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Bucharest Forum conference: 'East-West, Collision, Collusion or Co-operation?'

>>>Former French PM Villepin urges Europeans to 'reinvent and reorganise multipolarity'

By Edwig Ban
Bucharest Forum is an annual high-level event organized by the Aspen Institute Romania and the Bucharest office of the German Marshall Fund of the US. Since its inception in 2012, the mission of the Bucharest Forum is to create a regional platform for forward thinking on economic and security policies and for promoting political dialogue between governments and the civil society.
Bucharest Forum offers a unique opportunity for high level East-West conversation in a global transformative context. Specifically it facilitates an in-depth understanding of how the developments on the Eurasian nexus shape decisions for Europe and the Transatlantic link.
The seventh edition of the Bucharest Forum takes place between 8 – 10 October, 2018, at critical times for the region and Europe.
The current international context is in flux, as on both shores of the Atlantic national politics is driven by new agendas and discourses, imprinting a consequent dynamics to international relations, and affecting economic trends at national, regional and international levels. Brought to the fore by grievances of a plurality of citizens who feel left out of mainstream politics and economy, the new political trend and its economic philosophy are generating antagonistic approaches and actions of various actors, leading to numerous clashes of interest, intention and outcomes. Indeed, the main feature of the current context is the numerous clashes being either in incubation phase or out in the open.
On the first day of the event, former French Prime Minister Dominique de Villepin warned that Europe is about to disappear from the globe as a major actor.
Villepin, considered by some to be a visionary while criticised by others, highlighted the challenges currently facing the world, which, he argued, is characterised by 'disorganised multipolarity' - namely division, risk of confrontation and marginalisation.
Europe, said Villepin, is divided into issues such as Brexit, the issue of separatism in Catalonia, and 'illiberal' democracies. I do not think that the situation in Romania has to do with that in Hungary and Poland, Dominique de Villepin said in this context, referencing the controversial regimes in place in these countries.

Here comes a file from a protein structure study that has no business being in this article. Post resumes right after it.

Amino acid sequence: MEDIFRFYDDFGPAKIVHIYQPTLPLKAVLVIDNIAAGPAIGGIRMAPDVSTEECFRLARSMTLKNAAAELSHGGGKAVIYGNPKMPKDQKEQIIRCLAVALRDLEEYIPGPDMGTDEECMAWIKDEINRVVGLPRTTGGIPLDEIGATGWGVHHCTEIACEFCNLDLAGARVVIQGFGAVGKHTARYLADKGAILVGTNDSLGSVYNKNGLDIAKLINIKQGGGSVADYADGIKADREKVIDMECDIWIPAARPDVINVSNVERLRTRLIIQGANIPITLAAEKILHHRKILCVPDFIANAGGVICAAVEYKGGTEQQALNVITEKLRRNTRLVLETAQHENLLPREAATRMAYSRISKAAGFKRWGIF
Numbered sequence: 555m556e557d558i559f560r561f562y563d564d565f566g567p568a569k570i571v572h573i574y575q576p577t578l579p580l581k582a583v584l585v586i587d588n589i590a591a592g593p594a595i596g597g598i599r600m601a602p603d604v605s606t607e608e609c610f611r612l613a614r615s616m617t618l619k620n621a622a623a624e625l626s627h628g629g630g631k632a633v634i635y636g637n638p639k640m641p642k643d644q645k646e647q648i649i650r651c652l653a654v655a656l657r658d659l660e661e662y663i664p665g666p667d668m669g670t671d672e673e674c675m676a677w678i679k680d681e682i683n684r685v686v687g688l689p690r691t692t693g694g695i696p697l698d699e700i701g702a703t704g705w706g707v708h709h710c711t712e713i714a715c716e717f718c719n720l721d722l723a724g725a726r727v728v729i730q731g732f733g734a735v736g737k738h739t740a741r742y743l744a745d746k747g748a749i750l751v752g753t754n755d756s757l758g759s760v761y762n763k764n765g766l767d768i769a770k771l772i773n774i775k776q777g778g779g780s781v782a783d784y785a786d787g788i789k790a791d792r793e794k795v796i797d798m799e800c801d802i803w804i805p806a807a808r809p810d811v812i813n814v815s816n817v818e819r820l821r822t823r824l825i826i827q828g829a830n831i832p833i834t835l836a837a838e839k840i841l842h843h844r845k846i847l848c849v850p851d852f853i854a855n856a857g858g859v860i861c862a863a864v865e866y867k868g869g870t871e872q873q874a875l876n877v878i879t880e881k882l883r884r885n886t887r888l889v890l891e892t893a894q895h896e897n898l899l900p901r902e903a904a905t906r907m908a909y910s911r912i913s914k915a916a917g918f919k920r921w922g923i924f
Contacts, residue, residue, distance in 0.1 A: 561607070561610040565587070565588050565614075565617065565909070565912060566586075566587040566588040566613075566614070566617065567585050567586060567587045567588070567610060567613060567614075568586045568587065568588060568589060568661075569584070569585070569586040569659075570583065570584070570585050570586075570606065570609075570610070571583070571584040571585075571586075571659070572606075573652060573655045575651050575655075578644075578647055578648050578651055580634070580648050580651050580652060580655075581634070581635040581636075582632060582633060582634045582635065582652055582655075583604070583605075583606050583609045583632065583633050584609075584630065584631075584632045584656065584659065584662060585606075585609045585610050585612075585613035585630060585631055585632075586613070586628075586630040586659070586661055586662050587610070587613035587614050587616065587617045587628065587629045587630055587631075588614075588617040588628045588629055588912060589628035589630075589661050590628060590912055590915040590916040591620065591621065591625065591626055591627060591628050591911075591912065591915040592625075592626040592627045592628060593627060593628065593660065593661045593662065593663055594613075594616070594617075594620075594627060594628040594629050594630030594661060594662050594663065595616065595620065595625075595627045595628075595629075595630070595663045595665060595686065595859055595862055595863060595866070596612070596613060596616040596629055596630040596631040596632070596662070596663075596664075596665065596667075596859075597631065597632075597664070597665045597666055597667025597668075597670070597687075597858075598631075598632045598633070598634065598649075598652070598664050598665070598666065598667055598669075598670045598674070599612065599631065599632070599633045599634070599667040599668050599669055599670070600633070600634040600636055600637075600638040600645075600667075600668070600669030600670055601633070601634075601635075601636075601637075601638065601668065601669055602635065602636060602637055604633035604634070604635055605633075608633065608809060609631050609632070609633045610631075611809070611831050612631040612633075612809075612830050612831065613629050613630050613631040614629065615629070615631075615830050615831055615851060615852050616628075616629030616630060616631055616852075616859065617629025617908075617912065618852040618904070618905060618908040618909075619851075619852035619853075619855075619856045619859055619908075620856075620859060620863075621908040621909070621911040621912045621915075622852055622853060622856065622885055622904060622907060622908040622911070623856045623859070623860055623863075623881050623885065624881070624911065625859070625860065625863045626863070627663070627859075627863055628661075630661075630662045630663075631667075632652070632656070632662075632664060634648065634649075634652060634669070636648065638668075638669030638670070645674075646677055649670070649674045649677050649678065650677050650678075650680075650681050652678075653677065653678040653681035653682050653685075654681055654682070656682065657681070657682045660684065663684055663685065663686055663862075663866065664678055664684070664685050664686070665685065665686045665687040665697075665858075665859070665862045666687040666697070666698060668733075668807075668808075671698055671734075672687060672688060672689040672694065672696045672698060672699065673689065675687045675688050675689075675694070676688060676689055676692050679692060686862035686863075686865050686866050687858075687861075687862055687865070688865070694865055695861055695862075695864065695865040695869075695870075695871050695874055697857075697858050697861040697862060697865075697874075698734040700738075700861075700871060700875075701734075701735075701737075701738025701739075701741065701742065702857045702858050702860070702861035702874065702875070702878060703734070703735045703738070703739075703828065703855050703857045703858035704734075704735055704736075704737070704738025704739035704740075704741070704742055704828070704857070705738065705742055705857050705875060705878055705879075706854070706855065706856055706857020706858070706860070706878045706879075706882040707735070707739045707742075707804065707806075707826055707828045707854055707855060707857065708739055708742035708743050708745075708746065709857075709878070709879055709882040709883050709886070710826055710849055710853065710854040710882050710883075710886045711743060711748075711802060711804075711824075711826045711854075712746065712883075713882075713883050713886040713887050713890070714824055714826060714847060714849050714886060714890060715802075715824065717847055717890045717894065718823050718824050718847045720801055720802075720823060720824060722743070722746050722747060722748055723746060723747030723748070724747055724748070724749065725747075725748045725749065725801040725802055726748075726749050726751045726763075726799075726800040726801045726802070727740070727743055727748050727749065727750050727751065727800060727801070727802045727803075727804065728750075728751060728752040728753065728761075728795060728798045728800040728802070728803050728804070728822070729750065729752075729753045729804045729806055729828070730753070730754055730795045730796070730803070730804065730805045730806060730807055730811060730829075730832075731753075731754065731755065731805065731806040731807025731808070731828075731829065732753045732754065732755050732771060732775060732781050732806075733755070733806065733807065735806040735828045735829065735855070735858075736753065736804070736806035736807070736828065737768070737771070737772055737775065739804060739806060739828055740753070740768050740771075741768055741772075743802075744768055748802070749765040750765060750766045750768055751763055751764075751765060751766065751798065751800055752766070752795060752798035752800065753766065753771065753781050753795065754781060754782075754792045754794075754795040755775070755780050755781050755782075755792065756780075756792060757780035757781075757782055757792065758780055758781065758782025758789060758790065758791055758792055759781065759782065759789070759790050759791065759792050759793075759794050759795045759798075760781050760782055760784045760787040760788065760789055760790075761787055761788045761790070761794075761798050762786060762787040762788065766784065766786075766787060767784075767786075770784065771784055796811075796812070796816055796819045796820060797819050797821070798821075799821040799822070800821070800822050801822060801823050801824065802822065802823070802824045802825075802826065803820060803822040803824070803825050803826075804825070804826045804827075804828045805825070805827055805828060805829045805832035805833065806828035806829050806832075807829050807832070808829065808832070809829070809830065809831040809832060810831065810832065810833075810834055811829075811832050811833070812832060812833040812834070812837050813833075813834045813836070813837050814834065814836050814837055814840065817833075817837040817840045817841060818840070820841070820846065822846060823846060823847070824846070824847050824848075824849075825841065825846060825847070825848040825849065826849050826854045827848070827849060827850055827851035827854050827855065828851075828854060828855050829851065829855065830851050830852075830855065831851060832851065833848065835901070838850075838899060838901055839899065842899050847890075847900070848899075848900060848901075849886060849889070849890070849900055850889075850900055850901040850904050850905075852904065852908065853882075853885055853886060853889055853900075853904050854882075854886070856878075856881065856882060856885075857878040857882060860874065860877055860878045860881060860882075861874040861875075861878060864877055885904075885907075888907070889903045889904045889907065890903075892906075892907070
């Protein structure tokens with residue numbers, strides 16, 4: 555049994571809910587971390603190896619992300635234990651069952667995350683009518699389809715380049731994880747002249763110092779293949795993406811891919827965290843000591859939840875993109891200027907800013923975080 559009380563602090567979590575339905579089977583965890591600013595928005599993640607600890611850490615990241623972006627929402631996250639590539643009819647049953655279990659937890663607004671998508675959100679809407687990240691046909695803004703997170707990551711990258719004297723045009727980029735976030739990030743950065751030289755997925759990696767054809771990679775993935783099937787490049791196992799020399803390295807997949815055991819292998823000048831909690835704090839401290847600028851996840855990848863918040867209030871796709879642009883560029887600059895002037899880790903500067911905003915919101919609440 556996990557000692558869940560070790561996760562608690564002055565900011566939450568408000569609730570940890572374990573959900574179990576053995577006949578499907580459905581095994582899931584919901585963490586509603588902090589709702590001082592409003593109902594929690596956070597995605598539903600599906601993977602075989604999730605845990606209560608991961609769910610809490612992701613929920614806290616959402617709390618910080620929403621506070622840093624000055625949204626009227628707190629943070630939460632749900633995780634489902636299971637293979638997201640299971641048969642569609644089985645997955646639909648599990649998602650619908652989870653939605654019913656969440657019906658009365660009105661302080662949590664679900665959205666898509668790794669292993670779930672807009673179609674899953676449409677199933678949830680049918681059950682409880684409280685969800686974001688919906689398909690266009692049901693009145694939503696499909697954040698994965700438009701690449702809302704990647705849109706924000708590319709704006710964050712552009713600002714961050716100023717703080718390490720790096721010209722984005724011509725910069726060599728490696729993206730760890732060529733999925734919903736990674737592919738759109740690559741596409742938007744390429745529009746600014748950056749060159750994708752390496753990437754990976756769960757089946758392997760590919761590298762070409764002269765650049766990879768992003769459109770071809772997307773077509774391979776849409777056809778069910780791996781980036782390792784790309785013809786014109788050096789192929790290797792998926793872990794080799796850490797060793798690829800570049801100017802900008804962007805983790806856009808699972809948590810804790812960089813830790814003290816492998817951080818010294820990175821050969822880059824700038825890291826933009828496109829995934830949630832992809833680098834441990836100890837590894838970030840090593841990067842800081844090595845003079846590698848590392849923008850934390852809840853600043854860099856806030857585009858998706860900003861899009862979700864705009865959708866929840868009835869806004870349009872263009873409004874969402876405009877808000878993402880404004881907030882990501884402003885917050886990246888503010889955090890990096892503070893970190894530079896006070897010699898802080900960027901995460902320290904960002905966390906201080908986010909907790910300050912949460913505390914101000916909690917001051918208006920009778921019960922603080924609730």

The risk of confrontation is very high at present, the French diplomat warned, pointing to a so-called 'historical switch,' namely the assertion of one power simultaneously with the decline of another, a situation that has repeatedly led to historical warships. China - in full swing - is now an enemy to the US, exemplified Villepin, mentioning the political and economic steps of the US administration in relation to Beijing.
But the real battle today in the technology sphere, noted Villepin, mentioning in this context the Chinese project 'Made in China 2025' for the development of the high-tech sector, seen as a threat by other countries, especially the US.
Against this backdrop, Europe is now facing a specific risk of marginalisation, which can bring it to the situation of having no say, of not being able to take the initiative and of remaining in the defensive, added the French diplomat, who reproaches liberal democracies their inability to act against Euroscepticism and resonate with the public opinion.
The former French prime minister urges Europeans to 'reinvent and reorganise multipolarity,' which, he argues, can be achieved, first of all by recognising the denial of reality in recent years, including the fact that a rising country like China cannot be ignored, as Europe needs it as a partner and also the importance of emerging countries such as Africa or BRICS (Brazil, Russia, India, China and South Africa).
Likewise, Villepin said, to find its voice in the current context, Europe must regain a continent of innovation, including in the sense of political and diplomatic initiatives. The French diplomat mentioned to the point a deficient representation of Europe in the UN Security Council and the need to improve the veto mechanism at the United Nations, also advocating for a return to 'project diplomacy', again giving the example of China.
Imagination, generosity, pragmatism and the power of personal example are, in Dominique de Villepin's view, essential in solving the migration problem as well as in relations with the illiberal regimes and with China.
Romania is important in my heart and every visit to Bucharest is an emotional moment, confessed Dominique de Villepin, who mentioned in his speech the role played in the European culture by names such as Mihai Eminescu, Gherasim Luca and Paul Celan. The survival of Europe is in our hearts, said the French diplomat.
Bucharest Forum brings together prominent politicians, thinkers, journalists and business representatives for three days in the capital of Romania, providing a platform for different actors to meet and discuss their interests, approaches and goals, and to analyse potential and existing conflicts while seeking ways to maximise the benefits that divergent visions can bring, and minimising their negative impact.

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